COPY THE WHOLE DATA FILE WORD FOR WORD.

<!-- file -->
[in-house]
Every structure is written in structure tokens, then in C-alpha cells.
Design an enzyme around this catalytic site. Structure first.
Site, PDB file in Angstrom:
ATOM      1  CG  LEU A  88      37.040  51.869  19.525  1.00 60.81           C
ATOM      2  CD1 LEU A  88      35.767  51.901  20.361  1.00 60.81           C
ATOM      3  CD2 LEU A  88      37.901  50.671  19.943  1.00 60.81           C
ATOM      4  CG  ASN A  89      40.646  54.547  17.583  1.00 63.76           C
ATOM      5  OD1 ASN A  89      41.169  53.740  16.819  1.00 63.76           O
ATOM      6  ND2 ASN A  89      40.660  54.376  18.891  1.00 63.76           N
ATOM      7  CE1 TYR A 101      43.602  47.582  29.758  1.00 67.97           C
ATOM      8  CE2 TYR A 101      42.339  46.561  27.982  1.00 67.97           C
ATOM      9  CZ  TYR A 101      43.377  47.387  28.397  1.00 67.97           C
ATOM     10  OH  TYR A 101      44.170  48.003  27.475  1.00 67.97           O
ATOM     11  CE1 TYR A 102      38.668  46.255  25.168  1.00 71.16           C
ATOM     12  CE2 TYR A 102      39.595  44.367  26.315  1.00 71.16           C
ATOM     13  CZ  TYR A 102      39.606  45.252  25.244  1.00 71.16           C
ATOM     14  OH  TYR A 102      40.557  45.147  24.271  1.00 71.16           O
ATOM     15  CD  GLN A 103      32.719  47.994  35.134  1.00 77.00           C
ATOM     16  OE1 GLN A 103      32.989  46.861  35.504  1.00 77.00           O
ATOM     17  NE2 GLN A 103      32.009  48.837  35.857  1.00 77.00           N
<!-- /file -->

[in-house]
Every structure is written in structure tokens, then in C-alpha cells.
Design an enzyme around this catalytic site. Structure first.
Site, PDB file in Angstrom:
ATOM      1  CG  LEU A  88      37.040  51.869  19.525  1.00 60.81           C
ATOM      2  CD1 LEU A  88      35.767  51.901  20.361  1.00 60.81           C
ATOM      3  CD2 LEU A  88      37.901  50.671  19.943  1.00 60.81           C
ATOM      4  CG  ASN A  89      40.646  54.547  17.583  1.00 63.76           C
ATOM      5  OD1 ASN A  89      41.169  53.740  16.819  1.00 63.76           O
ATOM      6  ND2 ASN A  89      40.660  54.376  18.891  1.00 63.76           N
ATOM      7  CE1 TYR A 101      43.602  47.582  29.758  1.00 67.97           C
ATOM      8  CE2 TYR A 101      42.339  46.561  27.982  1.00 67.97           C
ATOM      9  CZ  TYR A 101      43.377  47.387  28.397  1.00 67.97           C
ATOM     10  OH  TYR A 101      44.170  48.003  27.475  1.00 67.97           O
ATOM     11  CE1 TYR A 102      38.668  46.255  25.168  1.00 71.16           C
ATOM     12  CE2 TYR A 102      39.595  44.367  26.315  1.00 71.16           C
ATOM     13  CZ  TYR A 102      39.606  45.252  25.244  1.00 71.16           C
ATOM     14  OH  TYR A 102      40.557  45.147  24.271  1.00 71.16           O
ATOM     15  CD  GLN A 103      32.719  47.994  35.134  1.00 77.00           C
ATOM     16  OE1 GLN A 103      32.989  46.861  35.504  1.00 77.00           O
ATOM     17  NE2 GLN A 103      32.009  48.837  35.857  1.00 77.00           N